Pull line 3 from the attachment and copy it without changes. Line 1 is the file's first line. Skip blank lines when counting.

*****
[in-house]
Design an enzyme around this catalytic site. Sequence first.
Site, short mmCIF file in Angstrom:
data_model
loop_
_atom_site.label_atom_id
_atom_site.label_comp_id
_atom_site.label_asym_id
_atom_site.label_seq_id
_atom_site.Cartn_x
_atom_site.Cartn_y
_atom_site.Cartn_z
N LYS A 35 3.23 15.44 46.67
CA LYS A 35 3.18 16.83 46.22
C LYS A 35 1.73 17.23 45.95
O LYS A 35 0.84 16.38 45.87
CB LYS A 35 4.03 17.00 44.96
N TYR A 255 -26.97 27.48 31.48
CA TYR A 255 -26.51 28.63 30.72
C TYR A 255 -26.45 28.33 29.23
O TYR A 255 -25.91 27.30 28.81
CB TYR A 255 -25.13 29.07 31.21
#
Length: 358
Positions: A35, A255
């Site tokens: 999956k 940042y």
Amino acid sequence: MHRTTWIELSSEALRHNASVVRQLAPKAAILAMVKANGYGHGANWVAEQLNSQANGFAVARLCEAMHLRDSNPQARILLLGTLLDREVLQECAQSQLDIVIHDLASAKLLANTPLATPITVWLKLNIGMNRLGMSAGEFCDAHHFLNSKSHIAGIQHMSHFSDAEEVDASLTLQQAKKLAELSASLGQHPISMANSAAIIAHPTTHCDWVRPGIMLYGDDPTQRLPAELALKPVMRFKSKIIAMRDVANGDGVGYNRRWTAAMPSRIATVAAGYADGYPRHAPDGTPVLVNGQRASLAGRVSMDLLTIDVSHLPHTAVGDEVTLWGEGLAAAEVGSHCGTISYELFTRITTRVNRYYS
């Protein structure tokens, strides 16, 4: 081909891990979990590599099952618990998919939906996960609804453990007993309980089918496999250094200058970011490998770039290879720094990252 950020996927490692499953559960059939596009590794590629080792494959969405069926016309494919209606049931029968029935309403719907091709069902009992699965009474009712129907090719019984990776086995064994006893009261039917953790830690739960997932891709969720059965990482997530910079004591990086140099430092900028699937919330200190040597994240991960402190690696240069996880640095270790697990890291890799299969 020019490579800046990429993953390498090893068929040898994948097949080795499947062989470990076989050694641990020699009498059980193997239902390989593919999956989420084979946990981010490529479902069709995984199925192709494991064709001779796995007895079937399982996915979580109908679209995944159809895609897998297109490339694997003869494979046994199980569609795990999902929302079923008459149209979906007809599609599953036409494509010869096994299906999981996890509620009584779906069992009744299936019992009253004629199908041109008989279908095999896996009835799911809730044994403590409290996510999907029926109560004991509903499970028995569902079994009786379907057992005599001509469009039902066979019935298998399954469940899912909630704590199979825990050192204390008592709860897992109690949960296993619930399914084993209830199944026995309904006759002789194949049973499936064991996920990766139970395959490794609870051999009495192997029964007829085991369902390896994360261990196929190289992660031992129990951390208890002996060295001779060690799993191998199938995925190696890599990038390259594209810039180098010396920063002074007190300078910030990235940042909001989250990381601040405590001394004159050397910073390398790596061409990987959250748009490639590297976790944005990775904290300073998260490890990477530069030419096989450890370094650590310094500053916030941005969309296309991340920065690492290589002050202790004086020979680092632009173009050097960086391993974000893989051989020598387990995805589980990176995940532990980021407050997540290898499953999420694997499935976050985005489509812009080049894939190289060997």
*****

Site, short mmCIF file in Angstrom: